A long-abandoned 300-year-old Jewish cemetery, the largest in the Netherlands, will be open to the public one Sunday a month into November, thanks to restoration efforts by local Jewish and Moroccan young people.
JTA quotes Marcel Mock, the spokesperson for the Association for the Restoration of the Zeeburg Cemetery, as saying that the opening was made possible by the efforts of several dozen Jewish and Moroccan youths who have volunteered with the association since 2011 to clean up the area. The first open Sunday was March 3.
Located at the edge of Amsterdam’s Flevo Park, Zeeburg Cemetery, with about 200,000 graves, is the largest in the Netherlands, but was long neglected — and far off the tourist track. Much of the cemetery is still very overgrown. Founded in 1714, it marks its 300th anniversary next year. The Jewish Historical Museum web site notes that:
Zeeburg was above all intended for poor Jews who couldn’t afford the cost of a grave. It was also the place where people were buried when they died on a Friday or Jewish festival, or the day before one of these. The funeral procession to the cemetery at Muiderberg would be with a horse and cart and then by barge. This was so time-consuming it couldn’t take place on high days and holidays. But Zeeburg lay much nearer the city.
The restoration effort began in the autumn of 2011, with the establishment of the Stichting Eerherstel Joodse Begraafplaats Zeeburg (Rehabilitation Foundation for Jewish Cemetery Zeeburg).
At that time, Samuel Gruber reported on his blog:
On Sunday, October 30, 2011, Amsterdam’sbegan a collaborative program for Moroccan and Jewish youth to clean the large and neglected Zeeburg Jewish cemetery. On six Sundays, as many as 100 young people will collaborate to improve the condition of the cemetery and in the process to learn more about the history of Jews of Amsterdam.
The program to engage young people in the protection of the cemetery was initiated by Frans Stuy and Jaap Meijers who in contacted the Foundation for Rehabilitation Zeeburg. Jaap Meijers said “The cemetery is completely overgrown, it’s a jungle. There is a huge wall built around it and making it impossible for regular visitors to visit. We are now looking for the original gate, which is still somewhere, and with the the help of young people, to make it presentable again. Of course we also hope that it will initiate awareness. “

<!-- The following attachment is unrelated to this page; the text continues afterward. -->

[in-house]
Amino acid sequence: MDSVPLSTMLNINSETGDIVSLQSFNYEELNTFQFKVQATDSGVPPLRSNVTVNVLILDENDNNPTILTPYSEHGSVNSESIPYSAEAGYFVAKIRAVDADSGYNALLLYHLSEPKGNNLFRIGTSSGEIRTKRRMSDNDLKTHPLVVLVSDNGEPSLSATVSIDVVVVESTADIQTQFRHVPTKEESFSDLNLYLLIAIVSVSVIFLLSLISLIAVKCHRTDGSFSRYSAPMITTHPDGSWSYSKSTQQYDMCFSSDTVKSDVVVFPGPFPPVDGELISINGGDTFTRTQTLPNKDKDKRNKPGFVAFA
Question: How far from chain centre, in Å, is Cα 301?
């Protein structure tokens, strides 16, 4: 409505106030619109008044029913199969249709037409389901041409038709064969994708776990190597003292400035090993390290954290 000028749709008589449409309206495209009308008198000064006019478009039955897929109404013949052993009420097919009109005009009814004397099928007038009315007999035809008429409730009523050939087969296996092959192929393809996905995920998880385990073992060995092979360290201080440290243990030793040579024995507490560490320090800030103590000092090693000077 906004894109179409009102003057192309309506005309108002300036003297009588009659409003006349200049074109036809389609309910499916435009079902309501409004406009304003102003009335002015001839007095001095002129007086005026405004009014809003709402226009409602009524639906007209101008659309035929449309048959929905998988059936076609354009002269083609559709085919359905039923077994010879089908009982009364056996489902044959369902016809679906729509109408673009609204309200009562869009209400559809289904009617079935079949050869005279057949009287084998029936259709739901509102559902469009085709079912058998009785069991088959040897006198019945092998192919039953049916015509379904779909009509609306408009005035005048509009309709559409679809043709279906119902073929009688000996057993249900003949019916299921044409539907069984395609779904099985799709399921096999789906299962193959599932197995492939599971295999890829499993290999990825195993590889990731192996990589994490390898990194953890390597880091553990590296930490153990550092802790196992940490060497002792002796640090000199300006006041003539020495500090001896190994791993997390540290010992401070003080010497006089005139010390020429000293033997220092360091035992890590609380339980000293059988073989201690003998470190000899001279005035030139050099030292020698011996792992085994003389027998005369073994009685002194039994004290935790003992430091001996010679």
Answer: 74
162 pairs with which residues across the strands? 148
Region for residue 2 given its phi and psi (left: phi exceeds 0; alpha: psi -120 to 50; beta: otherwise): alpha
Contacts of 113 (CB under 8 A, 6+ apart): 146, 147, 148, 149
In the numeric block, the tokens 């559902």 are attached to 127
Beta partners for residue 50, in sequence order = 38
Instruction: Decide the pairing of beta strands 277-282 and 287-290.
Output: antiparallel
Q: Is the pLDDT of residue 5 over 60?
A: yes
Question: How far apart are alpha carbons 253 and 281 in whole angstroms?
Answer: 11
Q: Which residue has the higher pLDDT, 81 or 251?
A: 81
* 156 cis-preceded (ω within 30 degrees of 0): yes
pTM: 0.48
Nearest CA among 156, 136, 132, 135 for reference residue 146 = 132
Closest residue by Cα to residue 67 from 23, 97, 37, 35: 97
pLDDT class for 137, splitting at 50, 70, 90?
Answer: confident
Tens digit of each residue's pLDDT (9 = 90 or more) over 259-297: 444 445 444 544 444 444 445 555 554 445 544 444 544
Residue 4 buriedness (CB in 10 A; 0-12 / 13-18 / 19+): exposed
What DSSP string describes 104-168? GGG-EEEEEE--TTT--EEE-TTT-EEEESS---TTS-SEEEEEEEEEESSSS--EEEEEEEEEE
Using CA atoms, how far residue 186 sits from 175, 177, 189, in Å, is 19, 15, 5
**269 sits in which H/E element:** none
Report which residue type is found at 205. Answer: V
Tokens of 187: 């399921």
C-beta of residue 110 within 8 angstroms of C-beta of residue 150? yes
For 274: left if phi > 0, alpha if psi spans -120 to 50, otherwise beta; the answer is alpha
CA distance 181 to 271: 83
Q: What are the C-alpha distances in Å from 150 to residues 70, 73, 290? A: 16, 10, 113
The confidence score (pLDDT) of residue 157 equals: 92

The Jewish Historical Museum says the idea to restore the cemetery was initially sparked by an article in 1982 that described its neglected state:
The writer and journalist Boudewijn Büch described in the Amsterdam daily Het Parool (The Word) (18 June 1982) how: ‘On a summer’s day I stroll through what is in fact Flevo Park p and pass through a brick gateway into Zeeburg. This lovely old gateway isn’t the original entrance into the cemetery. Until 1898 there was a gate across the bridge leading up to and across today’s Singelgracht. The entrance was rebuilt in 1938 in the place where it now stands. The ‘former Israelite Cemetery Zeeburg’ consists today of three parts and is reached through wrought-iron gates that are always unlocked. I wander though the long grass, the sun is warm on my back. All around people are basking in the sun, sometimes stretched out on a gravestone. Lawnmowers seldom pay a visit to Zeeburg; in fact it would be virtually impossible to mow or cut the grass with a sickle, because of the thousands of pieces of stone lying scattered through the grass and tumbled between the marshy reeds’.
The Zeeburg Cemetery Foundation’s web site lists the forthcoming open days as mainly the first Sunday of each month:
- April 7
- May 12
- June 2
- July 7
- August 4
- September 1
- October 6
- November 3